At the Lincoln Gardens, King Oliver was having so much success that he sent to New Orleans for his protégé Louis Armstrong to play second cornet. Upon Armstrong’s arrival, at first Harden (who was three years older) had a low opinion of him due to his out-of-date clothes and hair style. But over time he won her over with his charm, kindness, and brilliant cornet playing. They were married on Feb. 5, 1924.

Louis Armstrong Hot Five
Louis Armstrong and his Hot Five Left to right: Johnny St. Cyr, Kid Ory, Louis Armstrong, Johnny Dodds, and Lil Hardin-Armstrong

The previous year, both Lil Hardin and Louis Armstrong had made their recording debuts with King Oliver’s Creole Jazz Band. Hardin, who is on all 29 of the band’s selections, did not solo with the ensemble-oriented group but her playing was solid and she tended to pound out the beat which helped make up for the lack of a bass.

One of Lil Armstrong’s greatest contributions to jazz was convincing her new husband that he should not be a second cornetist to anyone. While Louis Armstrong was quite happy to be playing next to Oliver whom he regarded as a father figure, it soon became obvious that he was a stronger player and a rapidly evolving soloist. A money dispute in 1924 resulted in the Dodds Brothers leaving the Creole Jazz Band. While Louis Armstrong at first stayed with Oliver, in September with Lil’s blessing, he joined Fletcher Henderson’s orchestra in New York. Lil went to New York for a little while, recording eight songs with her husband and the Red Onion Jazz Babies (five feature singer Alberta Hunter, and Sidney Bechet is on three of the numbers) but then returned to Chicago. She led her own band at the Dreamland Café for much of 1925.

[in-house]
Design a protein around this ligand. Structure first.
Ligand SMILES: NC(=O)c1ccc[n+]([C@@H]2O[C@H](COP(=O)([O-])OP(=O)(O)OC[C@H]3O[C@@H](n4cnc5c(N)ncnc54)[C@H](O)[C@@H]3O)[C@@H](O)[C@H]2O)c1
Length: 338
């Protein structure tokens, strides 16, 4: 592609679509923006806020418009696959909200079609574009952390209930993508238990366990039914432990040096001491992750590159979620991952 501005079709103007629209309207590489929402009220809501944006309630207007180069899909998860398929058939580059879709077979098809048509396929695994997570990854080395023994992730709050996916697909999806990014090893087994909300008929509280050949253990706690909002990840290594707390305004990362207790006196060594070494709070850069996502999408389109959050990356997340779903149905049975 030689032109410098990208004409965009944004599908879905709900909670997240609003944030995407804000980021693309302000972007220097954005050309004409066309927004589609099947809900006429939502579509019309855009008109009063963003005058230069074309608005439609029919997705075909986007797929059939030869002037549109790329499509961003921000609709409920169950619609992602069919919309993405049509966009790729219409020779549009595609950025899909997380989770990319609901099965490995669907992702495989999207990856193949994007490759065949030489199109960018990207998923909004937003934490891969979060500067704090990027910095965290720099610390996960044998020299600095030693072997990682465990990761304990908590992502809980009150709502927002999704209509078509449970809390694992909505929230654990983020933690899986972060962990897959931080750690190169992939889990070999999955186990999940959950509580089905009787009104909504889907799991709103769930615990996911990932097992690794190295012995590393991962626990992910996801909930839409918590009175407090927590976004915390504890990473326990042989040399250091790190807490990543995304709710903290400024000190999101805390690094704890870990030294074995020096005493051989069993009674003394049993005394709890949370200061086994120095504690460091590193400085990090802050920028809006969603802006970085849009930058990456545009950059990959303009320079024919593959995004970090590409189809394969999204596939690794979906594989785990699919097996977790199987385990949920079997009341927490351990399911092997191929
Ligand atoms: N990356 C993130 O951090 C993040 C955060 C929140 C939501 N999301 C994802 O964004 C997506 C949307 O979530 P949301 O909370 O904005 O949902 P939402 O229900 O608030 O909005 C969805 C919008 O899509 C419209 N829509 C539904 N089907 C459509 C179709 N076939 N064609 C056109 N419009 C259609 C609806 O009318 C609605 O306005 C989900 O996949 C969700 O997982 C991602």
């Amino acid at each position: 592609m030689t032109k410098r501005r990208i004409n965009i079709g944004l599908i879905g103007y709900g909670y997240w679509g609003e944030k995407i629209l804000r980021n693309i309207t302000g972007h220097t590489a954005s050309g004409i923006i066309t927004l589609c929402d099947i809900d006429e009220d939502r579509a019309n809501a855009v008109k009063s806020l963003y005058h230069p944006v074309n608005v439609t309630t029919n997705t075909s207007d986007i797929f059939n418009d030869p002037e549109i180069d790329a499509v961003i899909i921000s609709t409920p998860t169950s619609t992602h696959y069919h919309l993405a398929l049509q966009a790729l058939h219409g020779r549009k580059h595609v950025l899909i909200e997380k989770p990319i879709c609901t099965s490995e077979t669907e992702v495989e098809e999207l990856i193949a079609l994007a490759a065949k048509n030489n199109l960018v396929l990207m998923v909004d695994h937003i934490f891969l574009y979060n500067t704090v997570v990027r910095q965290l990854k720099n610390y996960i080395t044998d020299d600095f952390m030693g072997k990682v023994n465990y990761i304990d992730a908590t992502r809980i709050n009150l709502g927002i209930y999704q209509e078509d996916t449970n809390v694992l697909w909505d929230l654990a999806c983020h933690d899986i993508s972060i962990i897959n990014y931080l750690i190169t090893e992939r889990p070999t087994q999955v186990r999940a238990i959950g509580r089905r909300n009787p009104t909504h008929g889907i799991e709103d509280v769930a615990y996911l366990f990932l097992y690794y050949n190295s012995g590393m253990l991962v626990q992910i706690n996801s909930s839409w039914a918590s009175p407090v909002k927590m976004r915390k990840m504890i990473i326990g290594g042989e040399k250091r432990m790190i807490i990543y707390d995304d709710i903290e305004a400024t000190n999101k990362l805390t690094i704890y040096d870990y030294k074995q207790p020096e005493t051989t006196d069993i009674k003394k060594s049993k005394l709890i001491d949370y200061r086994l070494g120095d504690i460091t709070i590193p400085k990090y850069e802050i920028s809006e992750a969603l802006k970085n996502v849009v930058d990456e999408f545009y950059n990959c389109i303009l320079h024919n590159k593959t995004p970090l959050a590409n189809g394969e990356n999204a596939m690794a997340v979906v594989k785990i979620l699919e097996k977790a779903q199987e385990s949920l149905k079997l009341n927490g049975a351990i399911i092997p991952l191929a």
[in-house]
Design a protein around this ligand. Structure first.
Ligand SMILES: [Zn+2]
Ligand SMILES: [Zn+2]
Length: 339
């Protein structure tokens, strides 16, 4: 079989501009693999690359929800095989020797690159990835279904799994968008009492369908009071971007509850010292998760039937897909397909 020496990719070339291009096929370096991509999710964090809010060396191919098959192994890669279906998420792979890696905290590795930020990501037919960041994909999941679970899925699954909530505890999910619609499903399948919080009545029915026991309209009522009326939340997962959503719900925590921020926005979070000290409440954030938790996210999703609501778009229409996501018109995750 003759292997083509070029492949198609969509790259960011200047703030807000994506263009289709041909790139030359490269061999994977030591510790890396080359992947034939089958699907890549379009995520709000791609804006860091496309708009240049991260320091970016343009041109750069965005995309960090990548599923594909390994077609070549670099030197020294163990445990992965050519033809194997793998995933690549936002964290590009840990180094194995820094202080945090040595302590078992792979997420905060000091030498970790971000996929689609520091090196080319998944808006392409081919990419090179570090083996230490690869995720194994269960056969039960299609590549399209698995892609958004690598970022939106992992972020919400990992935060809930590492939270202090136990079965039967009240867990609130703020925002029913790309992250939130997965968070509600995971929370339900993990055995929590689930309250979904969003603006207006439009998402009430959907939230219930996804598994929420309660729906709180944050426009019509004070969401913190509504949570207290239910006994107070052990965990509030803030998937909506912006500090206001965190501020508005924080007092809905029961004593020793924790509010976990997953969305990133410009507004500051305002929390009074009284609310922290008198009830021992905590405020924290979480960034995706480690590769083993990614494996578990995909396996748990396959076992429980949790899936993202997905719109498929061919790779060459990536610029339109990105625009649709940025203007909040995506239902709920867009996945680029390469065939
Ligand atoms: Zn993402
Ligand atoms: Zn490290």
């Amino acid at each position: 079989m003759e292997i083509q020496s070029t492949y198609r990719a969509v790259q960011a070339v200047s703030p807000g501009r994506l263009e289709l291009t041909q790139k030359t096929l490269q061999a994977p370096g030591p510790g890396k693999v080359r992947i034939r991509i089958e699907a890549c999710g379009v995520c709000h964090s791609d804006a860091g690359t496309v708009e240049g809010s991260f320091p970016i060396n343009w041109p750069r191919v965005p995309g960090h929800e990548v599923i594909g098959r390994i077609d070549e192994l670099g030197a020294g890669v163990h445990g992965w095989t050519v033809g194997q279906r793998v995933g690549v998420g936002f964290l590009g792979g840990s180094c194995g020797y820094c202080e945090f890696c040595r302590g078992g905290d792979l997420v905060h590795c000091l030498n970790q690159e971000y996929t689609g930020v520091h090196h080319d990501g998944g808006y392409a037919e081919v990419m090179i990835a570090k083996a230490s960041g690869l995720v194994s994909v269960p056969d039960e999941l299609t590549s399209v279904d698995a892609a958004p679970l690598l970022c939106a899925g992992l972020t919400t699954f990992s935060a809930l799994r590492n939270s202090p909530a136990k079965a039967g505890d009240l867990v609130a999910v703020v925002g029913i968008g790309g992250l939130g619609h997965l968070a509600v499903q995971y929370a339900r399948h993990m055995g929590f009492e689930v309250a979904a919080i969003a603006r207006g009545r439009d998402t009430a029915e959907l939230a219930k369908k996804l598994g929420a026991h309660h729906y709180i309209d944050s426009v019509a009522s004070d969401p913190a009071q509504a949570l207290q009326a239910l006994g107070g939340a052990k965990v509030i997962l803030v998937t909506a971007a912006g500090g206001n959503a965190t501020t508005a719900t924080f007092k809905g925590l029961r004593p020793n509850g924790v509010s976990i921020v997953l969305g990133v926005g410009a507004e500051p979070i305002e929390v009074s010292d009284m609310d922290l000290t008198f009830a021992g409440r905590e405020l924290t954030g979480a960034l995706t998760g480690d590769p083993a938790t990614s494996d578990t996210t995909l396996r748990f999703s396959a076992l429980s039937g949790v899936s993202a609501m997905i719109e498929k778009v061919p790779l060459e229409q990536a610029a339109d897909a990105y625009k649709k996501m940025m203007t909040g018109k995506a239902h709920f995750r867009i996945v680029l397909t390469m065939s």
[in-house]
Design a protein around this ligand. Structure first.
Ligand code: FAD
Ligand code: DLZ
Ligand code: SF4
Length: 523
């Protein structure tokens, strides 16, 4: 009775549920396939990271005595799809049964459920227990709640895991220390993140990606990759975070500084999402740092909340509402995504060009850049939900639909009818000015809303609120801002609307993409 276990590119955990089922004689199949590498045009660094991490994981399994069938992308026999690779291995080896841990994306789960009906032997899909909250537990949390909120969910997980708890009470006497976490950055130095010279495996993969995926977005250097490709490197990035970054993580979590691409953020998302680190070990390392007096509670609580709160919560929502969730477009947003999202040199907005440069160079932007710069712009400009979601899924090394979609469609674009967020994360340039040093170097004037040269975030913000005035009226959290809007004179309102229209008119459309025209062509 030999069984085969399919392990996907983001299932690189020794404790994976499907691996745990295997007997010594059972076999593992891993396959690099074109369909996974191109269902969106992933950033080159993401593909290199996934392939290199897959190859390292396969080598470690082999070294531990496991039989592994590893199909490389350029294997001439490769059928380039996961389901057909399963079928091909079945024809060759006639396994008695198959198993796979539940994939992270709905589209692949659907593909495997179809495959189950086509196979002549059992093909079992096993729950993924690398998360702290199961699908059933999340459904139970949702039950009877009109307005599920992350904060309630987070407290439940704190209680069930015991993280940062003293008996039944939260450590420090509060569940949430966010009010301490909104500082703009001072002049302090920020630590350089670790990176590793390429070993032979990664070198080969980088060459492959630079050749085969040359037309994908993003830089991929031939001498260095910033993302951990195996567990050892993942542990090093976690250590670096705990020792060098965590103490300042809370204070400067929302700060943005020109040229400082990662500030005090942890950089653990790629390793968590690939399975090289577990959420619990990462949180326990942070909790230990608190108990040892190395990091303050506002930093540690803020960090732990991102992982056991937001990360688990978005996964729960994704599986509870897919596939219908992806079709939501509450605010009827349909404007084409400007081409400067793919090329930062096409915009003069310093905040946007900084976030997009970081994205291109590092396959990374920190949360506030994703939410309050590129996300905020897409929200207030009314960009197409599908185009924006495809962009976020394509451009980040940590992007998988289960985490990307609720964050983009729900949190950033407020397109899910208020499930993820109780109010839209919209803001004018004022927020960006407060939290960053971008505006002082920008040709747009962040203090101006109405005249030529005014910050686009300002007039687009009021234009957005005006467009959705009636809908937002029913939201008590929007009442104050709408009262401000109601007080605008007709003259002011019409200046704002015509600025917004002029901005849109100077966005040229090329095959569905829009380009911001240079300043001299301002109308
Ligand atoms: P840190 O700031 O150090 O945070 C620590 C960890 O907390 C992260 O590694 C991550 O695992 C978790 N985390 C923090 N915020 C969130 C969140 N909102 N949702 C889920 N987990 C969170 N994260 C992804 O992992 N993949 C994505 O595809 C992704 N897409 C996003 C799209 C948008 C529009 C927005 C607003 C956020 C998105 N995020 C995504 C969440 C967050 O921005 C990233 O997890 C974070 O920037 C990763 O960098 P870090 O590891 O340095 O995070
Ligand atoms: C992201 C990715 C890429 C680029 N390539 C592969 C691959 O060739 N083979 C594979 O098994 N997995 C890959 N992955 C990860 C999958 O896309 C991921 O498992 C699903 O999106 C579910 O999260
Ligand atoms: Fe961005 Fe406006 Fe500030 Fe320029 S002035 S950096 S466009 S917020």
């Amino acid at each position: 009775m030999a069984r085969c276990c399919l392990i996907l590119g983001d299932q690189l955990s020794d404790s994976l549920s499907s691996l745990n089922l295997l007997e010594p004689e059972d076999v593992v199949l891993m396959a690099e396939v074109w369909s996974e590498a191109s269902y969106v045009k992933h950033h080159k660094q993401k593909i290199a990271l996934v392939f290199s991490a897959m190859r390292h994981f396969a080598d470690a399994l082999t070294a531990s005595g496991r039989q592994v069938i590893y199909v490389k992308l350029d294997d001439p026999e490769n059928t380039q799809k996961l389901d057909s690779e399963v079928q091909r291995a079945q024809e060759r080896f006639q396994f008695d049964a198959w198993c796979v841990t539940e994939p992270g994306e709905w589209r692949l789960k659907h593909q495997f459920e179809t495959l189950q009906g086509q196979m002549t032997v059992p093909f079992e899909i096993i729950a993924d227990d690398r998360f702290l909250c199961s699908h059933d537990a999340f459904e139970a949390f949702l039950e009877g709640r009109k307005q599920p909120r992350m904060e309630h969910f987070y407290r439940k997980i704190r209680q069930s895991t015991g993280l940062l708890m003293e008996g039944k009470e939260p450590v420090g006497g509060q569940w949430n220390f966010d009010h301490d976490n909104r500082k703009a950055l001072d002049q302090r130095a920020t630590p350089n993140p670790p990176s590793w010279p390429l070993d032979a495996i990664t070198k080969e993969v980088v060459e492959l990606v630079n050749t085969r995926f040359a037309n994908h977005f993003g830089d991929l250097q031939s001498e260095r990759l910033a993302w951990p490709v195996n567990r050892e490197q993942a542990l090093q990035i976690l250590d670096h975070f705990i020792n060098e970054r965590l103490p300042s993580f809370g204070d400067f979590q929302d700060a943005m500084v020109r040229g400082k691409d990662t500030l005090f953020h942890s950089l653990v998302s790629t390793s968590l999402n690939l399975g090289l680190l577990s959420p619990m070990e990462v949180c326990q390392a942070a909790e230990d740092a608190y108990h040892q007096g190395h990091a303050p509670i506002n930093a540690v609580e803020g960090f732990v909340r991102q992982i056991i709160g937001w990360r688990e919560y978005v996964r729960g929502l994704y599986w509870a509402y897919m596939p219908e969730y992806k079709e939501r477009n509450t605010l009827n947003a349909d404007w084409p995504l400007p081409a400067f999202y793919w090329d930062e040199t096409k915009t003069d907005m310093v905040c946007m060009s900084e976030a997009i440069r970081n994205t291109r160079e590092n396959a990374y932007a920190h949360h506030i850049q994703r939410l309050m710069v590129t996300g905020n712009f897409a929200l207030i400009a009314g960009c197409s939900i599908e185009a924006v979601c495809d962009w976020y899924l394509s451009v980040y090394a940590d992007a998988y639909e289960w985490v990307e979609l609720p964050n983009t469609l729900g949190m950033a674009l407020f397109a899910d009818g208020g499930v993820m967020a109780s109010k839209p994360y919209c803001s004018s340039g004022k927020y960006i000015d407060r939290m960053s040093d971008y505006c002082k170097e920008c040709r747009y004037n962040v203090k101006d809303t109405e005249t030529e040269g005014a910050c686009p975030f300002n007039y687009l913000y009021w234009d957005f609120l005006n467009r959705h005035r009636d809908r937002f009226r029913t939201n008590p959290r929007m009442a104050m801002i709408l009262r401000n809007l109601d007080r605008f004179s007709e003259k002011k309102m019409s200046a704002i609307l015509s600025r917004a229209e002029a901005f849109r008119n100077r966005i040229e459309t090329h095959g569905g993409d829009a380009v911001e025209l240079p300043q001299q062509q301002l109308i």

Lil Hardin with Hot Five and Creole JB
Midwife to jazz on record, Lil Hardin arranged and facilitated the trailblazing discs of King Oliver Creole Jazz Band in 1923 (bottom) and the innovative Hot Five and Hot Seven sessions of her husband Louis Armstrong (top) 1925-27.

After making history in New York, Louis Armstrong moved back to Chicago where his wife welcomed his return. He joined her group where she billed him as “The World’s Greatest Trumpet Player.” At first that was fine but Louis was constantly made fun of by other musicians for working with his wife’s band. He soon left the group to work with the orchestras of Carroll Dickerson and Erskine Tate.